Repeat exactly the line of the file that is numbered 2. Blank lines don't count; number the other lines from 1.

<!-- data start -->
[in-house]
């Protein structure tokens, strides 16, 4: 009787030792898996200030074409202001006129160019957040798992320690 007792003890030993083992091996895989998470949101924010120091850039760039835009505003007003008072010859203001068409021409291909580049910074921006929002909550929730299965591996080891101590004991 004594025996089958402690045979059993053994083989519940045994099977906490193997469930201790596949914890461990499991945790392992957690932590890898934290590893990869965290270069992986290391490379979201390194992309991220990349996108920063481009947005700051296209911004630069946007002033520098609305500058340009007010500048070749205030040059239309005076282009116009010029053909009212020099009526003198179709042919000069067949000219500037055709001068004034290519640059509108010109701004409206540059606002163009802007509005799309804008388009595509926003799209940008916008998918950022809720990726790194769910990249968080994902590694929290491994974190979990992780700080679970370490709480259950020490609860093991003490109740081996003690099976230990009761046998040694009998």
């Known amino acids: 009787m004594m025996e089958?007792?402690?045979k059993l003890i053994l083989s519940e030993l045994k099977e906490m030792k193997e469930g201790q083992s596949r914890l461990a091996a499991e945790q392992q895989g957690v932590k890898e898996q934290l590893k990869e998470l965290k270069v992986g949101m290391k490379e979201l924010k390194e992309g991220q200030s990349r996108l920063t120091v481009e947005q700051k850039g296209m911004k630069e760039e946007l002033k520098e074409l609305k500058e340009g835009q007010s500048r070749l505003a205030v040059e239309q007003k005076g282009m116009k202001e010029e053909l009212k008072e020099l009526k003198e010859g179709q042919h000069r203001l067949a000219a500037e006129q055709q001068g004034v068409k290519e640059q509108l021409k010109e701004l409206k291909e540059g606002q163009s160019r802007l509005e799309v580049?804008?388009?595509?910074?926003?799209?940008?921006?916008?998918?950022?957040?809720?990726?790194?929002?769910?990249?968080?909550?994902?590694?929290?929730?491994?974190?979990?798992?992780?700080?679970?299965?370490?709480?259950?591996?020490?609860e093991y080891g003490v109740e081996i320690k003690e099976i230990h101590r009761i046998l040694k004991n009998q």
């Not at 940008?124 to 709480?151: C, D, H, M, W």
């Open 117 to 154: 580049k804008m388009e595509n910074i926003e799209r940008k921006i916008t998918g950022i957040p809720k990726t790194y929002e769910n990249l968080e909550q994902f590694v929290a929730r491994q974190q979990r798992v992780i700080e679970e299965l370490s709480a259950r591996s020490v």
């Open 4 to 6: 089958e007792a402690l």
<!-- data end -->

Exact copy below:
């Protein structure tokens, strides 16, 4: 009787030792898996200030074409202001006129160019957040798992320690 007792003890030993083992091996895989998470949101924010120091850039760039835009505003007003008072010859203001068409021409291909580049910074921006929002909550929730299965591996080891101590004991 004594025996089958402690045979059993053994083989519940045994099977906490193997469930201790596949914890461990499991945790392992957690932590890898934290590893990869965290270069992986290391490379979201390194992309991220990349996108920063481009947005700051296209911004630069946007002033520098609305500058340009007010500048070749205030040059239309005076282009116009010029053909009212020099009526003198179709042919000069067949000219500037055709001068004034290519640059509108010109701004409206540059606002163009802007509005799309804008388009595509926003799209940008916008998918950022809720990726790194769910990249968080994902590694929290491994974190979990992780700080679970370490709480259950020490609860093991003490109740081996003690099976230990009761046998040694009998």